BrainChip AI software helps police search video for identifying patterns or faces
BrainChip Holdings Ltd. has released the artificial intelligence-powered BrainChip Studio, which is designed to help law enforcement and intelligence organizations rapidly search enormous amounts of video footage for identifying patterns or faces.
Leveraging spiking neural network technology, a type of neuromorphic computing that simulates the functionality of the human visual tract, BrainChip Studio is able to work on low resolution video and requires only a 24×24 pixel image to detect and classify faces.
The software includes advanced facial detection, extraction, and classification algorithms.
In a recent field trial, BrainChip Studio successfully detected, extracted and classified in real-time more than 500,000 facial images during 3.5 hours of video across eight different cameras.
In another trial, the software processed 36 hours of recorded video in less than two hours, extracting over 150,000 facial images.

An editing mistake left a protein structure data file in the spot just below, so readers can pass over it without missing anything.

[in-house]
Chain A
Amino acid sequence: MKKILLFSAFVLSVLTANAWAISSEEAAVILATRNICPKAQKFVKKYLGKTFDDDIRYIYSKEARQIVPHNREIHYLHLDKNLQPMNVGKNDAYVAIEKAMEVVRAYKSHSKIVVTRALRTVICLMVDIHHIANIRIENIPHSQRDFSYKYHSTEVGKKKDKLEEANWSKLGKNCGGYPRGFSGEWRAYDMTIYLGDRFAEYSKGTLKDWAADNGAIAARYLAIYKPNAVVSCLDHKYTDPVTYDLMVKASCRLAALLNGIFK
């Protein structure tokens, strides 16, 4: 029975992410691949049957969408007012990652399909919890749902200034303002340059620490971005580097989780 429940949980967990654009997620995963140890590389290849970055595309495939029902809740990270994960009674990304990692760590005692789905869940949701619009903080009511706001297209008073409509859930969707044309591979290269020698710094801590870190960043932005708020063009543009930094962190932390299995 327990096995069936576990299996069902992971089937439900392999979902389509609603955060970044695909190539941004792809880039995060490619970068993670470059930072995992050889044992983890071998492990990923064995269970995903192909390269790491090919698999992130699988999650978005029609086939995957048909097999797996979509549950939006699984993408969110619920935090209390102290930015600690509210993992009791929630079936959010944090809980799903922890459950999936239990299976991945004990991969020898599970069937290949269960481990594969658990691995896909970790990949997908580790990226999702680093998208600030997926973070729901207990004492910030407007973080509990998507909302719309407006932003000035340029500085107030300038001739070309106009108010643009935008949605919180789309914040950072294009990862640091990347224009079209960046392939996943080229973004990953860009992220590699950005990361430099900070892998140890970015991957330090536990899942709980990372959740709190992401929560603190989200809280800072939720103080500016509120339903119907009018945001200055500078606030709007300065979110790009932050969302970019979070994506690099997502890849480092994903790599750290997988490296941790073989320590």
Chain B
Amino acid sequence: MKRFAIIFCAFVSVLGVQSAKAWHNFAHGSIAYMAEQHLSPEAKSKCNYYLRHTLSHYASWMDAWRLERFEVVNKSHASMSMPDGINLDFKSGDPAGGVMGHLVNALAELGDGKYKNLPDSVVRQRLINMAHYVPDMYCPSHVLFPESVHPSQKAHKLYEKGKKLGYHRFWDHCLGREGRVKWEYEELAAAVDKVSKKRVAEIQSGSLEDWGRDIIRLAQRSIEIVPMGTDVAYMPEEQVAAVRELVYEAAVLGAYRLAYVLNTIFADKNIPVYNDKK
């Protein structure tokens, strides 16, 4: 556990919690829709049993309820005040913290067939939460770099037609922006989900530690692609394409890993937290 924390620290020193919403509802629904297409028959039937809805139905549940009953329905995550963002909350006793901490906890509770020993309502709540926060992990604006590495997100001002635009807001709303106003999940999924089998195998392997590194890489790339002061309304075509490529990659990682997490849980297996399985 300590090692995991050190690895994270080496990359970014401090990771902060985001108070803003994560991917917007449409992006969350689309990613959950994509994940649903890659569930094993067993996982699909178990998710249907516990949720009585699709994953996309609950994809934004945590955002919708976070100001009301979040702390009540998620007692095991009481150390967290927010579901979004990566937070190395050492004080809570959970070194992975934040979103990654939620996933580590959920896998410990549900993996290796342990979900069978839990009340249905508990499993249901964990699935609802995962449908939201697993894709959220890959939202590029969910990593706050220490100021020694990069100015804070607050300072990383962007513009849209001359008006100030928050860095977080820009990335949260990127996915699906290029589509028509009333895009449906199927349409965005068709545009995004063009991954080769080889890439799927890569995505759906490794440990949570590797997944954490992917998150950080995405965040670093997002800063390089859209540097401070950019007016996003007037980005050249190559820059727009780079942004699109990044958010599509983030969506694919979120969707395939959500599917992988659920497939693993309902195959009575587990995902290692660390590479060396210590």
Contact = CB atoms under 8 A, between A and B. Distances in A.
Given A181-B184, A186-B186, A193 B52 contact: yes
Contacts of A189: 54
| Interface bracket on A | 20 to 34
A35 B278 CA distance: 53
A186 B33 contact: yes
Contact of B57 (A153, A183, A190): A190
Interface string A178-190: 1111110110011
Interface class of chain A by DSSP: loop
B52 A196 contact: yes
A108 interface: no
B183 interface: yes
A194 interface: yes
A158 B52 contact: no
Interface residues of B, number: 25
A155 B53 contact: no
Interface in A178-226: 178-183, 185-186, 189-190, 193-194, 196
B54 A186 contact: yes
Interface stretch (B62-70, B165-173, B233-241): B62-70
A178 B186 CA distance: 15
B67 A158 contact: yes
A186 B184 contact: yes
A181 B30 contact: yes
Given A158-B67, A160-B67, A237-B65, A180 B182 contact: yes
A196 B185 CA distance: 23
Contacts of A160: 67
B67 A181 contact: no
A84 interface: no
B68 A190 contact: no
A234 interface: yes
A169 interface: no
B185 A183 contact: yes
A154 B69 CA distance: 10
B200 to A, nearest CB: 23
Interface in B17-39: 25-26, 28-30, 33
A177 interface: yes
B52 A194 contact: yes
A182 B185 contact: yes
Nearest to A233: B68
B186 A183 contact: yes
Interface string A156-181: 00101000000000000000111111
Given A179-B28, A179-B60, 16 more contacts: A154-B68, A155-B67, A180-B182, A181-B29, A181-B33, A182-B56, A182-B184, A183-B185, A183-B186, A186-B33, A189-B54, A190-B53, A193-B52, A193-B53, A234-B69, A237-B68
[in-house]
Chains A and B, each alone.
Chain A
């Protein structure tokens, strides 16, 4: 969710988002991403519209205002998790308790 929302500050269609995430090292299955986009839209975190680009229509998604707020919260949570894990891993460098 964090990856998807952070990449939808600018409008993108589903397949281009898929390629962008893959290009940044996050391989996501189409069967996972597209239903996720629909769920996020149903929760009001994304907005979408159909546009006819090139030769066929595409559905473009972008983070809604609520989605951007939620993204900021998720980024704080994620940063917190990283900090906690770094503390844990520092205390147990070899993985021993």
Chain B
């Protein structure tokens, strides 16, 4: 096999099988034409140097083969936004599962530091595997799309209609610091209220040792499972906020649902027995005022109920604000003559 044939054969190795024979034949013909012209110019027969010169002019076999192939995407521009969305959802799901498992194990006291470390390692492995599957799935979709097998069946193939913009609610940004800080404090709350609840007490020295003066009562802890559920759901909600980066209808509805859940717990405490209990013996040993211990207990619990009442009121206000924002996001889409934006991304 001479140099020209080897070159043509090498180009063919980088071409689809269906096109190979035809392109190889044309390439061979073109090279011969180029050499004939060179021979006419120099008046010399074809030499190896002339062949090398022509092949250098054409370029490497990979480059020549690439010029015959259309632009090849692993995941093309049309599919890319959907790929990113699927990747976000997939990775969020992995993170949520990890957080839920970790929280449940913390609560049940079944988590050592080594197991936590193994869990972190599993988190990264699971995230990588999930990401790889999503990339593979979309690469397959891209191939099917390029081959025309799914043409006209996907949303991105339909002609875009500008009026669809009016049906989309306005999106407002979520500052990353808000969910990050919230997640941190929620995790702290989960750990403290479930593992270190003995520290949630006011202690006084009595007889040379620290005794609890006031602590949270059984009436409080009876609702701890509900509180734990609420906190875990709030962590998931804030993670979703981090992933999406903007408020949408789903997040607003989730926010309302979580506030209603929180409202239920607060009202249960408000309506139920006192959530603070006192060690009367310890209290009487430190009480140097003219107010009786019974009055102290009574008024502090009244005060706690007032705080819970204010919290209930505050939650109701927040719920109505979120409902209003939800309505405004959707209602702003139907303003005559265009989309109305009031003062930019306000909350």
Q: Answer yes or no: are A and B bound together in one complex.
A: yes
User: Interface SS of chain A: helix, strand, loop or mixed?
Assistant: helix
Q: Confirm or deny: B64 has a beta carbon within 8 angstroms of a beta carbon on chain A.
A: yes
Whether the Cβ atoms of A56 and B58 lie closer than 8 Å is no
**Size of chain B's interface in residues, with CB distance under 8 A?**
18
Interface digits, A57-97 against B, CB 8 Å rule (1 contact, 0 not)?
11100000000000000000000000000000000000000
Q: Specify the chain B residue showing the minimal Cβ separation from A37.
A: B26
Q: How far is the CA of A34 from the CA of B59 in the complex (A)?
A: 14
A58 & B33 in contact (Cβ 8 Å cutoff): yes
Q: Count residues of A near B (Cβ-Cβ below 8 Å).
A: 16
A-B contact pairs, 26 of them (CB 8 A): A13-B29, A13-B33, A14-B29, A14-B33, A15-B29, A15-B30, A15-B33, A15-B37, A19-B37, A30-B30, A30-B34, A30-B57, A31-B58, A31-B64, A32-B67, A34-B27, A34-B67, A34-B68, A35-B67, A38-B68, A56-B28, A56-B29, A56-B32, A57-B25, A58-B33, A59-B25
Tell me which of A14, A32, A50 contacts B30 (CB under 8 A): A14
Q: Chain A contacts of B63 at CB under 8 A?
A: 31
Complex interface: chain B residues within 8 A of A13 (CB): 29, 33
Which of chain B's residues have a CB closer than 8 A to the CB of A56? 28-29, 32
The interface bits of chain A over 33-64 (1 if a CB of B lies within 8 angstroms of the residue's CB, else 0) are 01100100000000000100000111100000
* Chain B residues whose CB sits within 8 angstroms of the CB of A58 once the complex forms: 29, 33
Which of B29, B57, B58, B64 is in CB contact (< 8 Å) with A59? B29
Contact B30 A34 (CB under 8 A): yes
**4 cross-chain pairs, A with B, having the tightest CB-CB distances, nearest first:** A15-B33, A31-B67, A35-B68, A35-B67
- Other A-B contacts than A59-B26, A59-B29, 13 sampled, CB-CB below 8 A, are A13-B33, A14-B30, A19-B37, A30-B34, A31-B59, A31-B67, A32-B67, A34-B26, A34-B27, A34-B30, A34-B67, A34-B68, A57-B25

There is a significant market opportunity for this kind of software considering there has been little increase in the ability to analyze video despite the massive growth in both video surveillance and video data storage.
“According to IHS market research, 197 million surveillance cameras will be sold during 2017. This is in addition to the estimated 300 million cameras already in use,” said Robert Beachler, BrainChip’s senior vice president of marketing and business development. “BrainChip Studio’s forensic search capabilities tames this massive amount of video information, making it practical for a single individual to search for exactly what they need across multiple video sources.”
BrainChip Studio’s spiking neural networks can be trained on a single image in milliseconds, enabling rapid searches of video for unknown patterns.
The technology also recognizes patterns in low-resolution, noisy environments, making it well-suited for the large amount of previously installed video surveillance systems.
“Unlike current convolutional neural network technologies that require extensive pre-labelled datasets and expensive cloud-based training and acceleration, BrainChip’s spiking neural network can be implemented in software with traditional CPUs and trained on-premise,” said Peter van der Made, BrainChip’s founder and CTO. “Therefore, BrainChip Studio can be deployed in the field in highly secure environments that may not have cloud connectivity.”
In May, BrainChip Holdings Ltd. successfully raised AUS$6.0 million (US$4.5 million) through a share placement.